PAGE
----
Soy Milk: No Cholesterol, but Could Be Missing Calcium
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With 80 calories and only 2 g of fat per 1-cup serving, plain, light soy milk is a great alternative for people who are watching their cholesterol or cannot tolerate the lactose found in dairy milk. Because the source of soy milk is a plant, it has no cholesterol and only negligible amounts of saturated fat. Soy milk also contains 7 g of protein per serving, which is great for a heart-healthy diet. Twenty-five g per day of soy protein, like that found in soy milk and tofu, may also reduce your risk of heart disease, according to the National Institutes of Health. This may be due not just to the protein, but to soy’s high levels of polyunsaturated fats, minerals, vitamins, and fiber, as well as to its low levels of saturated fat. Still, Krivitsky says, it’s important to read the label to know what you’re getting: “Make sure there’s no added sugar and that it’s fortified with calcium.”
Almond Milk: No Cholesterol, but Low in Protein
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“Almonds are heart-healthy,” says cardiologist Dr. Day, who recommends almond milk to his heart patients. Unsweetened almond milk contains between 30 and 40 calories per 1-cup serving and has no saturated fat. And because it’s a plant-based milk, it also contains no cholesterol. Fortified versions contain the same amount of vitamin D as skim cow’s milk, and some brands even contain up to 50 percent more calcium. Almond milk also contains polyunsaturated fatty acids, which may lower LDL cholesterol and help maintain your body’s cells, according to the American Heart Association. Unfortunately, almond milk is also low in protein compared with cow’s milk and other milk alternatives, making it a less ideal choice.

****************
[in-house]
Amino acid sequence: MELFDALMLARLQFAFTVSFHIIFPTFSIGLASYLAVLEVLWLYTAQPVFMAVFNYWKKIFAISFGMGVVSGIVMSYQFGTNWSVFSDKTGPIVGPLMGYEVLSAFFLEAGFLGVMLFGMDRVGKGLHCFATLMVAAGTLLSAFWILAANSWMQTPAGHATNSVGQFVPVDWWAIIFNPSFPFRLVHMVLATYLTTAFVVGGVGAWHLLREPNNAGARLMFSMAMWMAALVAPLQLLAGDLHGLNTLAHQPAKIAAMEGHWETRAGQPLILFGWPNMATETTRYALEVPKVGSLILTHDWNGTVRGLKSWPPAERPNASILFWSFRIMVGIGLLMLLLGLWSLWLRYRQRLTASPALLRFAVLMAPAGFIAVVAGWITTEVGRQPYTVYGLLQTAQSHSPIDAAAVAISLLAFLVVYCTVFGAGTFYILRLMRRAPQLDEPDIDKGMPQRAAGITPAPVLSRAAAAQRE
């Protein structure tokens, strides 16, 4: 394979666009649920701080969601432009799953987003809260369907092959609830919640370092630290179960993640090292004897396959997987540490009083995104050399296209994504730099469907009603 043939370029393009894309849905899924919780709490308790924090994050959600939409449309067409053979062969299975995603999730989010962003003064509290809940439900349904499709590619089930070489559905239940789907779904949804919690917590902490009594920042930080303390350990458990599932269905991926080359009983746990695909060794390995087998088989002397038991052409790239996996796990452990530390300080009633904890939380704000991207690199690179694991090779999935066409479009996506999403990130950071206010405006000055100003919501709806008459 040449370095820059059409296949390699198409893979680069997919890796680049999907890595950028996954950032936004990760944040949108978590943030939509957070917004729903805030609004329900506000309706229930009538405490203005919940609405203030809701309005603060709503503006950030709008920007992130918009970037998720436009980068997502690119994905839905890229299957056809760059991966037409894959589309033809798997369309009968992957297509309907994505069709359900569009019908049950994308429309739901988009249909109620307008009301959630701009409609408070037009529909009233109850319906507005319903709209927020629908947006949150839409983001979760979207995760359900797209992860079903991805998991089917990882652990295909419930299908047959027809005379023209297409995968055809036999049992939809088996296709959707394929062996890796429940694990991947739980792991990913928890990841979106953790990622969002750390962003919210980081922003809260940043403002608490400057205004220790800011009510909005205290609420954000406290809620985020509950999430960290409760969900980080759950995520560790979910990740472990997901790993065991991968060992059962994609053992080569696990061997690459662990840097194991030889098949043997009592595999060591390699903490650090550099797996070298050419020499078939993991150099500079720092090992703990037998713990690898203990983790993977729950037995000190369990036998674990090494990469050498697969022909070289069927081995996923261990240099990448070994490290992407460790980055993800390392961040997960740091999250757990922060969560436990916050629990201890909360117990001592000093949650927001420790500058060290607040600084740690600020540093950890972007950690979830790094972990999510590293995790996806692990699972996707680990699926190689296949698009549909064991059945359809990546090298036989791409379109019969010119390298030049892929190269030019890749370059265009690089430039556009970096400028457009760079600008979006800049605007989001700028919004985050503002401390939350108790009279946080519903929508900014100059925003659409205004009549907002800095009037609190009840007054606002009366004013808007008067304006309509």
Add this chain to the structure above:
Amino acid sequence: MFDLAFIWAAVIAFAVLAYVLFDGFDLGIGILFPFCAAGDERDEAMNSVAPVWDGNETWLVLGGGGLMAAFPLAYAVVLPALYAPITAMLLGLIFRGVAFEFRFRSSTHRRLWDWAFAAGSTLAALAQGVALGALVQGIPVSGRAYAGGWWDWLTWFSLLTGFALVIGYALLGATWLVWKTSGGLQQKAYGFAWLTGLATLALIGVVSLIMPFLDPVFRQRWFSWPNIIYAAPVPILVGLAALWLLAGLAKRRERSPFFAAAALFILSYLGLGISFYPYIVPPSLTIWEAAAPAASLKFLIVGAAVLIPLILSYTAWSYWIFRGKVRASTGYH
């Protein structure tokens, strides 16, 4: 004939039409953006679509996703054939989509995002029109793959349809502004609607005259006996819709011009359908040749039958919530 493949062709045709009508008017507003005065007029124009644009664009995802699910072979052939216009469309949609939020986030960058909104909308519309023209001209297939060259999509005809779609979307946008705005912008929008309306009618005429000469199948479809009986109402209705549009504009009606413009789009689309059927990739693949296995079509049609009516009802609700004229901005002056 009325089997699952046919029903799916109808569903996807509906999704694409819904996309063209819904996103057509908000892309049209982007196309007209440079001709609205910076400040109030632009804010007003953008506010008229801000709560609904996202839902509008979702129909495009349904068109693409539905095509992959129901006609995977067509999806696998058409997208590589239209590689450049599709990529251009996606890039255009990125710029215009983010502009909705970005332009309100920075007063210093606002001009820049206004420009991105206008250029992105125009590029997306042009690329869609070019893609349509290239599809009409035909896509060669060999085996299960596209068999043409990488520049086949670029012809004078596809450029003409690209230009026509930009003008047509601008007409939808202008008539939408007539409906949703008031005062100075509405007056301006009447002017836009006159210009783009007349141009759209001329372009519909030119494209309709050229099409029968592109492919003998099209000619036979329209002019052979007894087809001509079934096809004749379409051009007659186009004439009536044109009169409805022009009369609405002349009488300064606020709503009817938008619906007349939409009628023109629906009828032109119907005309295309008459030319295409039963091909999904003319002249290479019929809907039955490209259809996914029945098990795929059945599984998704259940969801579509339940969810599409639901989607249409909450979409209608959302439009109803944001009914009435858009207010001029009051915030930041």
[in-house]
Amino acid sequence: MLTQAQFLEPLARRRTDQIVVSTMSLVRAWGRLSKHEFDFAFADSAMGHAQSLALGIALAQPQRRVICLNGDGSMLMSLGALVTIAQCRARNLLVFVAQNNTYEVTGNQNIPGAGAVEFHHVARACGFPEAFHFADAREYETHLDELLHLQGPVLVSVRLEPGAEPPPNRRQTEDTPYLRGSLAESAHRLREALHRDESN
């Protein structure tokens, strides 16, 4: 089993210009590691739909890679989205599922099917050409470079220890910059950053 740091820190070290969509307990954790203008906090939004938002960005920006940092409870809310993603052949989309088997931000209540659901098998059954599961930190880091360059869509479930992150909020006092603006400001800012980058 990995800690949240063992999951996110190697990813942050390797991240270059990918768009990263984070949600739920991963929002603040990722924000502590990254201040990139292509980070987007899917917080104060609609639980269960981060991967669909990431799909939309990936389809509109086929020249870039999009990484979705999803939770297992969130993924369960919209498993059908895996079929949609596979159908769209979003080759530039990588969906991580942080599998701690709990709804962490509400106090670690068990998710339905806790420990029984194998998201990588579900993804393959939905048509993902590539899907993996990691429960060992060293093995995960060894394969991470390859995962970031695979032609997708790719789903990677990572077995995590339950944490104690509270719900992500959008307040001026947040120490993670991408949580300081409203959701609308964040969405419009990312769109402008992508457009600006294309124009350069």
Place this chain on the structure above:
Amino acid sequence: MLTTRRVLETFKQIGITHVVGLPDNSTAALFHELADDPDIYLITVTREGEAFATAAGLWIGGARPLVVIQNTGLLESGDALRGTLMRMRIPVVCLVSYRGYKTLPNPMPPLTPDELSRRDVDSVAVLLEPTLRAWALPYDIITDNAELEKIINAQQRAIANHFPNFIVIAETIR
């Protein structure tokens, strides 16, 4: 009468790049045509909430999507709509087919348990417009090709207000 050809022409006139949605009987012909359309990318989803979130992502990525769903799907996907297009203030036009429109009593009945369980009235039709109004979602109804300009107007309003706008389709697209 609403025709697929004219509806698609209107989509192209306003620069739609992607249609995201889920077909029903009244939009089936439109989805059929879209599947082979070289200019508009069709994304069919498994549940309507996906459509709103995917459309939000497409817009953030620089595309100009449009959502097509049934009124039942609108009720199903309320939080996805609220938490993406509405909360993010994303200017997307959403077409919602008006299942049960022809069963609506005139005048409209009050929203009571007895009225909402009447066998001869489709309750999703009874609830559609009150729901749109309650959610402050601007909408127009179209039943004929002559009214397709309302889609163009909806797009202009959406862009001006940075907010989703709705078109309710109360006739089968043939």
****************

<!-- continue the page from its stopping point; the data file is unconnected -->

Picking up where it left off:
To maintain a healthy heart, Day says, be sure to drink unsweetened almond milk. “The biggest issue with alternative milks is that most of them are sweetened,” he says. “Added sugar in any form can be dangerous to your heart.”
Oat Milk: Gluten Free, but Carbohydrate Heavy
Oat milk is one of the newer options on the market. Made of combining oats with water and milling the mixture down into a fine consistency and strained, 1 cup of oat milk contains about 80 calories, and like other plant-based milks, no saturated fats or cholesterol. Additionally, oat milk has higher levels of vitamin B, which helps convert food into energy. While this does make for better cholesterol levels and heart health, oat milk does come with higher sugar carbohydrate levels than other milk alternatives, which can raise blood sugar levels and could put consumers at risk for diabetes.
Hemp Milk: No Cholesterol and Good for MagnesiumRenata Dobranska/Stocksy; Jean Cazals/GettyImages